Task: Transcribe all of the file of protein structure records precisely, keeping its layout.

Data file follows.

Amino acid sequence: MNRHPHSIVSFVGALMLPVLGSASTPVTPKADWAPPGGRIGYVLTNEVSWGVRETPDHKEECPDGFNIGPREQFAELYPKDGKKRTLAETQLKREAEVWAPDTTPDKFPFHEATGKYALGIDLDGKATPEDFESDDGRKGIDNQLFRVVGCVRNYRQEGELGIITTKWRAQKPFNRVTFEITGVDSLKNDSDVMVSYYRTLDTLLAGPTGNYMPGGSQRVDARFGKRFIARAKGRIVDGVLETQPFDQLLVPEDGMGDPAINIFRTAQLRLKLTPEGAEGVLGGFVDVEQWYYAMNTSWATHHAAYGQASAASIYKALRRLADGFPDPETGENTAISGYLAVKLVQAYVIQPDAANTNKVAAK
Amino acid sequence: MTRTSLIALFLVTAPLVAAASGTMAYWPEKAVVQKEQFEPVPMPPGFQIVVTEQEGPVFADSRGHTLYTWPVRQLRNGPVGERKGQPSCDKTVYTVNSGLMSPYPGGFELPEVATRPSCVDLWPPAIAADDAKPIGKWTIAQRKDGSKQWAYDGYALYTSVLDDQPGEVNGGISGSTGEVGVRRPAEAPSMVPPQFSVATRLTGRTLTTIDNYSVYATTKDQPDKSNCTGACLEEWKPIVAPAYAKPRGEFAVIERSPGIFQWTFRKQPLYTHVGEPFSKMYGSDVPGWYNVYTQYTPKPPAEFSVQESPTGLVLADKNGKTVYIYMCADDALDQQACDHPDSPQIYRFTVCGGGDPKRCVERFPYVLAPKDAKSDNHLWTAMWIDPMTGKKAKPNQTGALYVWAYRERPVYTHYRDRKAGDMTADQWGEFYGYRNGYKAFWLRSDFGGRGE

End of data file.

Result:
Amino acid sequence: MNRHPHSIVSFVGALMLPVLGSASTPVTPKADWAPPGGRIGYVLTNEVSWGVRETPDHKEECPDGFNIGPREQFAELYPKDGKKRTLAETQLKREAEVWAPDTTPDKFPFHEATGKYALGIDLDGKATPEDFESDDGRKGIDNQLFRVVGCVRNYRQEGELGIITTKWRAQKPFNRVTFEITGVDSLKNDSDVMVSYYRTLDTLLAGPTGNYMPGGSQRVDARFGKRFIARAKGRIVDGVLETQPFDQLLVPEDGMGDPAINIFRTAQLRLKLTPEGAEGVLGGFVDVEQWYYAMNTSWATHHAAYGQASAASIYKALRRLADGFPDPETGENTAISGYLAVKLVQAYVIQPDAANTNKVAAK
Amino acid sequence: MTRTSLIALFLVTAPLVAAASGTMAYWPEKAVVQKEQFEPVPMPPGFQIVVTEQEGPVFADSRGHTLYTWPVRQLRNGPVGERKGQPSCDKTVYTVNSGLMSPYPGGFELPEVATRPSCVDLWPPAIAADDAKPIGKWTIAQRKDGSKQWAYDGYALYTSVLDDQPGEVNGGISGSTGEVGVRRPAEAPSMVPPQFSVATRLTGRTLTTIDNYSVYATTKDQPDKSNCTGACLEEWKPIVAPAYAKPRGEFAVIERSPGIFQWTFRKQPLYTHVGEPFSKMYGSDVPGWYNVYTQYTPKPPAEFSVQESPTGLVLADKNGKTVYIYMCADDALDQQACDHPDSPQIYRFTVCGGGDPKRCVERFPYVLAPKDAKSDNHLWTAMWIDPMTGKKAKPNQTGALYVWAYRERPVYTHYRDRKAGDMTADQWGEFYGYRNGYKAFWLRSDFGGRGE